Maximus, Alexandrinus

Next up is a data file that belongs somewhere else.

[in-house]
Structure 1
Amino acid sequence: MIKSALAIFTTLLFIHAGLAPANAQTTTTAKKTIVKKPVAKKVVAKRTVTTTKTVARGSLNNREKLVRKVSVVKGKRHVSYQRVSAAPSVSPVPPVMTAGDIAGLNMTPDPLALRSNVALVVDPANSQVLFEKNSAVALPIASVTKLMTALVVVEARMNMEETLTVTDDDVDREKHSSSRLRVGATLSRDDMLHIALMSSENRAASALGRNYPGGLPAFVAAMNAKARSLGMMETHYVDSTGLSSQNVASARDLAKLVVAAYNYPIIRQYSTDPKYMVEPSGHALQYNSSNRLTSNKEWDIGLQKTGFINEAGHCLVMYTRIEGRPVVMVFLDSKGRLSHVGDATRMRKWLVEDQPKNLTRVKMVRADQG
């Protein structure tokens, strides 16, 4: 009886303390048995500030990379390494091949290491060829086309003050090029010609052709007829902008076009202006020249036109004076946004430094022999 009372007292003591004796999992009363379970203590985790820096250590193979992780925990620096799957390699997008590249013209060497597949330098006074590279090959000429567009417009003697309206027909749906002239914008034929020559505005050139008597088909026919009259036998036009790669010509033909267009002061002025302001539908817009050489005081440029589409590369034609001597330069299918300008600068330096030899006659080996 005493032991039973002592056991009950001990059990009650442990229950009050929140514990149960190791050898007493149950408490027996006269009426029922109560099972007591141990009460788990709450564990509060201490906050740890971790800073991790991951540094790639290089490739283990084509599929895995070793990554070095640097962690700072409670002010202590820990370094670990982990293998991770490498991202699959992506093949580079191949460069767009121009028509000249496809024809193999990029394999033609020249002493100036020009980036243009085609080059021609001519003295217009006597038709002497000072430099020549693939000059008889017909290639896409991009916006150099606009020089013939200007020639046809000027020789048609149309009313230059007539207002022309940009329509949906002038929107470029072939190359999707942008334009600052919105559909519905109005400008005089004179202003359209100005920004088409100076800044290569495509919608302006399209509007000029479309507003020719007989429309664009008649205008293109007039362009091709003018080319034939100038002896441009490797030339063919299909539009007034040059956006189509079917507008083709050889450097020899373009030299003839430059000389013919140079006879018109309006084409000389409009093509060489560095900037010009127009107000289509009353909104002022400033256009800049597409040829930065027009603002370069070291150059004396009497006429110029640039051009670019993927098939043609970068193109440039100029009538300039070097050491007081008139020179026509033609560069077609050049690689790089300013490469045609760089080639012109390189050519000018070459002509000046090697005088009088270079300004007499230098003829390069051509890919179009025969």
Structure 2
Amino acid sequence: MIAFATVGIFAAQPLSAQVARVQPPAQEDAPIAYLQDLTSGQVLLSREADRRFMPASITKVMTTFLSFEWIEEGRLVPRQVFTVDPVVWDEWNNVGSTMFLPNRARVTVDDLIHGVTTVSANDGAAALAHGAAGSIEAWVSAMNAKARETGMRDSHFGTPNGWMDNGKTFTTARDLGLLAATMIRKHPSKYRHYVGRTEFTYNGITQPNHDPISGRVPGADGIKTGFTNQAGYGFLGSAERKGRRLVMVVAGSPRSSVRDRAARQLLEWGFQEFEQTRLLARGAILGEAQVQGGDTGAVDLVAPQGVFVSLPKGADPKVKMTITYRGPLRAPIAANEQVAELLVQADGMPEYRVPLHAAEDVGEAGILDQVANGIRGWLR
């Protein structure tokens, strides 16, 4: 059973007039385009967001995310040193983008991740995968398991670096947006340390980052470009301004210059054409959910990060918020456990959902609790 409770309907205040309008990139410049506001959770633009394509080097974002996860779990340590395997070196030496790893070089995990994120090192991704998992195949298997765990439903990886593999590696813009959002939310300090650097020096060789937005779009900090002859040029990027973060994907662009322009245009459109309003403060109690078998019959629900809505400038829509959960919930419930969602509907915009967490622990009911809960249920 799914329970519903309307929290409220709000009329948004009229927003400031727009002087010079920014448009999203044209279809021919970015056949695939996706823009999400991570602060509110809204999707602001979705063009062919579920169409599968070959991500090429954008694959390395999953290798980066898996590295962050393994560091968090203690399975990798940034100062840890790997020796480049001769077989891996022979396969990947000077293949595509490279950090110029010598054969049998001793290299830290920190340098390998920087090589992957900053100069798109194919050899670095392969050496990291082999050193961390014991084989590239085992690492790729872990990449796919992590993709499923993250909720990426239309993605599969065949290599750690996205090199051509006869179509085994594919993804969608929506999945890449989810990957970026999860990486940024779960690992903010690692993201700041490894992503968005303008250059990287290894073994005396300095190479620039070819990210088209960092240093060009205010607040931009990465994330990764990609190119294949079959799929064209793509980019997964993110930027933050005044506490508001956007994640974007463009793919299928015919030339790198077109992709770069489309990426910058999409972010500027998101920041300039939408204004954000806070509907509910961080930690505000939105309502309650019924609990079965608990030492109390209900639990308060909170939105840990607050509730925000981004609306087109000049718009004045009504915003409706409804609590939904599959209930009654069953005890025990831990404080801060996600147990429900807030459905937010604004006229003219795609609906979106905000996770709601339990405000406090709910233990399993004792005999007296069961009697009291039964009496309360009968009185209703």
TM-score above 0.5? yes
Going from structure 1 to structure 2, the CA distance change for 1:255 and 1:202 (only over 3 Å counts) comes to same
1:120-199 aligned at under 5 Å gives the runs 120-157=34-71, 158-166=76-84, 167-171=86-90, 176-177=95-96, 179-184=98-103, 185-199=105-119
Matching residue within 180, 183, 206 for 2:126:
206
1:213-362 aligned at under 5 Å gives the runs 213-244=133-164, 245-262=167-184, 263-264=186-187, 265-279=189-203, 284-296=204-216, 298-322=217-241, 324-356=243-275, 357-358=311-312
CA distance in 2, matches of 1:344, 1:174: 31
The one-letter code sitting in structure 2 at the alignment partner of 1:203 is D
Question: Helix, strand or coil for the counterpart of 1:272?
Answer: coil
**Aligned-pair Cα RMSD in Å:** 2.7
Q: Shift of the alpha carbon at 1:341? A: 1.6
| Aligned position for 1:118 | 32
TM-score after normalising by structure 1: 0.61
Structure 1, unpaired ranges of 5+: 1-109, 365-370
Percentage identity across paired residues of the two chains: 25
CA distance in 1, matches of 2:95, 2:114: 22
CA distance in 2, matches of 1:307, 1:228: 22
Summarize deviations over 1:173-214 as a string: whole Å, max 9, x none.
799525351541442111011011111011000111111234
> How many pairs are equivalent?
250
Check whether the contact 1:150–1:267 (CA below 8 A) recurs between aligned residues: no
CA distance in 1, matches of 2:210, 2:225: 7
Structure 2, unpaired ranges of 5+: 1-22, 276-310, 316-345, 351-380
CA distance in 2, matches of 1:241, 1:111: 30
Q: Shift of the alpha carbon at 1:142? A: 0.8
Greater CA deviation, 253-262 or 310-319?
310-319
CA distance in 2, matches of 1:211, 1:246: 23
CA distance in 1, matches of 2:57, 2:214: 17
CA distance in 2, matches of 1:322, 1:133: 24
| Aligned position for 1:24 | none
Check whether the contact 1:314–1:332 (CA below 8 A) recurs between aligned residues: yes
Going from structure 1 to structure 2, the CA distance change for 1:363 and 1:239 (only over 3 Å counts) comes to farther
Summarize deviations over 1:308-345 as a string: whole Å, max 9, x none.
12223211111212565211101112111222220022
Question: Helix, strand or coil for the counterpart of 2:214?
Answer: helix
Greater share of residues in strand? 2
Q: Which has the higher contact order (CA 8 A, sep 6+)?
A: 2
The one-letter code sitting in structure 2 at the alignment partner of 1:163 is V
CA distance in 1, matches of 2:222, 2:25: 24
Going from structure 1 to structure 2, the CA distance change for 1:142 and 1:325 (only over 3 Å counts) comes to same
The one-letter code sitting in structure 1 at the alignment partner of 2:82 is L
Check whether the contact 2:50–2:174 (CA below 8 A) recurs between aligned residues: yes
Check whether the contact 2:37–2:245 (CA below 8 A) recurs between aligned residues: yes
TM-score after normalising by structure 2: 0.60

Maximus, Alexandrinus, called also the Cynic Philosopher, was born in the fourth century, in Alexandria, of Christian parents of rank. He united the faith of an orthodox believer with the appearance and conduct of a cynic philosopher, and was greatly respected by the leading theologians of the orthodox party. Athanasius, in a letter written about A.D. 371 (Epist. ad Maxim. Philosoph. in Opp. 1:917, etc., ed. Benedict.), compliments him on a work written in defense of the orthodox faith. Tillemont and the Benedictine editor of the works of Gregory Nazianzen (Monitum ad Orat. xxv), misled by the virulent invectives of that father, attempt to distinguish between this Maximus and the one to whom Athanasius wrote, for the reason that Athanasius could ever have approved of so worthless a character. They also distinguish him from the Maximus to whom Basil the Great addressed a letter (Ep. 41, Paris, 1839) in terms of great respect, discussing some points of doctrine, and soliciting a visit from him; but they are not successful in either case. The Maximus Scholasticus. however, to whom Basil also wrote (Ep. 42), was a different person. In A.D. 374, during the reign of the emperor Valens, in the persecution carried on by Lucius, Arian patriarch of Alexandria, Maximus was barbarously scourged and banished to the Oasis, on account of his zeal for orthodoxy, and the alacrity with which he aided those enduring the same persecutions (Gregory Nazianzen, Orat. 25, 100:13, 14). He was released at the end of four years, probably on the death of Valens; and it was soon after this event that he presented to the emperor Gratian at Milan his work De Fide, written against the Arians (compare Jerome, De Viris Illustr. 100:127). He wrote also against other heretics, but whether in the same work or in another is not certainly known; and he disputed ably against the heathens. He appears to have returned from Milan and visited Constantinople, where Gregory Nazianzen had just been made patriarch, A.D. 379. Gregory received him with the greatest honor, and pronounced an oration (Orat. 25) in his praise, where his warm panegyrics cause the commendations of Athanasius and Basil to seem exceedingly tame. He welcomed him at his table, treated him with much confidence and regard, but was subsequently grievously disappointed in him. Whether in the succeeding events Maximus was himself ambitious or merely the tool of others, does not appear. Profiting by the sickness of Gregory, and supported by some Egyptian ecclesiastics, sent by Peter, patriarch of Alexandria, under whose guidance they professed to act, Maximus was ordained, during the night, patriarch of Constantinople, in the place of Gregory, whose election had not been perfectly canonical. This bold proceeding greatly excited the indignation of the people, with whom Gregory was popular. The emperor Theodosius, to whom the usurper applied, showing him no favor, the latter withdrew to Alexandria, from whence he was speedily expelled by his patron Peter (see Gregory Nazianzen, Carmen de Vita sua, vss. 750-1029). The resignation of Gregory did not benefit Maximus. His election was declared null and void by the second general council, and the presbyters whom he had ordained were declared not to be presbyters (Concil. Constantinop. can. 3, sec. Dionys. Exiguum; Capital 6, sec. Isidor. Mercat; apud Concil. vol. 1, col. 809, 810, ed. Hardouin). He attempted again to assert his claims to the patriarchate; but, though the Italian bishops seemed inclined for a time to second his efforts, he met with no permanent success. The invectives of Gregory Nazianzen against Maximus (Carmina, sec. De Vita sua, l. c.; In Invidos, vs. 16, etc.; In Maximum) were written after their struggle for the patriarchate, and contrast strongly with his former praises in his twenty- fifth Oration, to which some of Gregory's admirers, to conceal the inconsistency, prefixed the name of Heron or Hero (In Laudem Heronis; Jerome, De Viris Illustr. l. c.), which it still bears. The work of Maximus, De Fide, which is well spoken of by Jerome, is lost. (See Athenas, Basil, Gregory Nazianzen, Jerome, l. c.; Sozomen, H. E. 7:9, cum not. Vales; Tillemont, Memoires, 9:443, etc.; Cave, Hist. Litt. ad ann. 380, 1:276, ed. Oxford, 1740-42; Fabricius, Bibl. Graeca, 3:520). — Smith, Dict. Gr. and Rom. Biog. vol. 2, s.v.

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